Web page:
Chancellor George Osborne will announce 250 million pounds of support this week for energy intensive industries, part of measures to boost a flagging economy, a Treasury source told Reuters on Sunday.
Osborne is under intense pressure to find ways to revive an economy that has barely grown over the last year, and these measures will be announced in his autumn statement on November 29 among other initiatives aimed at boosting growth.
A first element of the package is to compensate high energy users for the carbon price floor, a tax on fossil fuels which the UK will introduce in 2013, and which business lobby groups have said will lead to large increases in bills for energy-intensive firms.
Osborne is expected to say the government will compensate firms to the tune of 40 million pounds in 2013/14, rising to 60 million in 2014/15.
The government will also help to offset indirect costs arising from the European Union's carbon Emissions Trading Scheme, with payments of 12 million pounds in 2012/13, rising to 50 million pounds in each of two successive fiscal years.
In addition, Osborne will raise the discount relief on the Climate Change Levy fuel tax for firms that promise to improve their energy efficiency, to 90 percent from April 1, 2013 -- an improvement on the increase to 80 percent from 65 percent announced in this year's budget.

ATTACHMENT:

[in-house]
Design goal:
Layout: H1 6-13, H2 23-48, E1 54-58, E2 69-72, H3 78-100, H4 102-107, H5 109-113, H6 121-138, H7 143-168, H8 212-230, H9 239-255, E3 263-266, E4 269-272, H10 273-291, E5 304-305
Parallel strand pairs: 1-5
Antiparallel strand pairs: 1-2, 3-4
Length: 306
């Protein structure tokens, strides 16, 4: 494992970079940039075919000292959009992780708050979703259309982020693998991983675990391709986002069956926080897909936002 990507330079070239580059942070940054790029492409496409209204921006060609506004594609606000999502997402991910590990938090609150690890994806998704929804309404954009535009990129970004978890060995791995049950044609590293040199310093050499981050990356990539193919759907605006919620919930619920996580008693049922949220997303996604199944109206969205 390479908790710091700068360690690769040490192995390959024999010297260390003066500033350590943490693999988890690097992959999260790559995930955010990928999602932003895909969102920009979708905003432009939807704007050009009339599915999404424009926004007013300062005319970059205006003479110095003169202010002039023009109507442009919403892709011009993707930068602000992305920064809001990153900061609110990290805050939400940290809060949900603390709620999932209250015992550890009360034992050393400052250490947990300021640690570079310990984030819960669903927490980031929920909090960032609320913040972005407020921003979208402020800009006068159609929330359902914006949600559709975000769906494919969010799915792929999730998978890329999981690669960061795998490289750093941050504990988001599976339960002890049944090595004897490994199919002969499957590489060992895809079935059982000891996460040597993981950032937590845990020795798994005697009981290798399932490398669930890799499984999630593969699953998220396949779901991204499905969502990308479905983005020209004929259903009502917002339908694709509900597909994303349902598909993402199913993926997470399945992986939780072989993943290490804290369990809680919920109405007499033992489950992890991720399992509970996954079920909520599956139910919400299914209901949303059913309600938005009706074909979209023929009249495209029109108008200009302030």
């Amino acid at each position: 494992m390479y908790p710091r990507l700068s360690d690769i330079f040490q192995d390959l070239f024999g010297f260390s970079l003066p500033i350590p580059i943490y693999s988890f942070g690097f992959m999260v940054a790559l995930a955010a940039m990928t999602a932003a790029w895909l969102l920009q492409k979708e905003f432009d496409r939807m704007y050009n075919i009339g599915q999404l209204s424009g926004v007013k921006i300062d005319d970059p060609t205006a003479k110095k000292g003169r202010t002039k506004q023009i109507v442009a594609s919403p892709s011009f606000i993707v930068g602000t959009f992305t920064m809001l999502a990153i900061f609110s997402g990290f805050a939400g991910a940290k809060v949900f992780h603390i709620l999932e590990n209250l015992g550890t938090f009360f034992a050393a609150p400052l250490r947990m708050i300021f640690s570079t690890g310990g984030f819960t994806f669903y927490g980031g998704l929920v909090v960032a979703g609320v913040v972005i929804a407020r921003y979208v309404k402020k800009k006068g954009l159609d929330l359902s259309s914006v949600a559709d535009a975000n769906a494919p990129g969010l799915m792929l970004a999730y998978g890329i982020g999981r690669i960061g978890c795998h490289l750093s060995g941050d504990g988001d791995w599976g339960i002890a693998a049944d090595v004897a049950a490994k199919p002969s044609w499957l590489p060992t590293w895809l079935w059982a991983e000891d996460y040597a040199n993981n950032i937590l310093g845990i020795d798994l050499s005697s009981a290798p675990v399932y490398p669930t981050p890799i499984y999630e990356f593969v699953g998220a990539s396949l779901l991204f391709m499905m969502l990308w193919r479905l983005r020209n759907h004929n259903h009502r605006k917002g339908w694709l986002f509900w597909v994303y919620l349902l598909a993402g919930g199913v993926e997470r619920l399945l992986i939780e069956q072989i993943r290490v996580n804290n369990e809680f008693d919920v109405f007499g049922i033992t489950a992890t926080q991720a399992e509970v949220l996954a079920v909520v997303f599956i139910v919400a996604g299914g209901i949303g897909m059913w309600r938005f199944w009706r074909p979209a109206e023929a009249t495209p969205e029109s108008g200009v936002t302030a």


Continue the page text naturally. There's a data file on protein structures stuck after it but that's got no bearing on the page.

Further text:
The relief will be available only to firms that sign up to a Climate Change Agreement setting energy efficiency targets, and will cost the taxpayer a combined 40 million pounds for the 2013/14 and 2014/15 fiscal years, the source said.
The government will also pledge to limit the impact on energy-intensive industries from an electricity market reform, plans for which were set out in draft legislation in July this year.
(The measures) will help make sure energy intensive industries are internationally competitive, but the government remains committed to the green agenda and to cutting carbon emissions by 80 percent by 2050, the source said.
The new government support will cut the electricity costs of high energy users - such as steel and aluminium makers plus the cement, chemicals, glass and paper industries -- by 5-10 percent, the source added.
(Reporting by Fiona Shaikh; editing by David Stamp)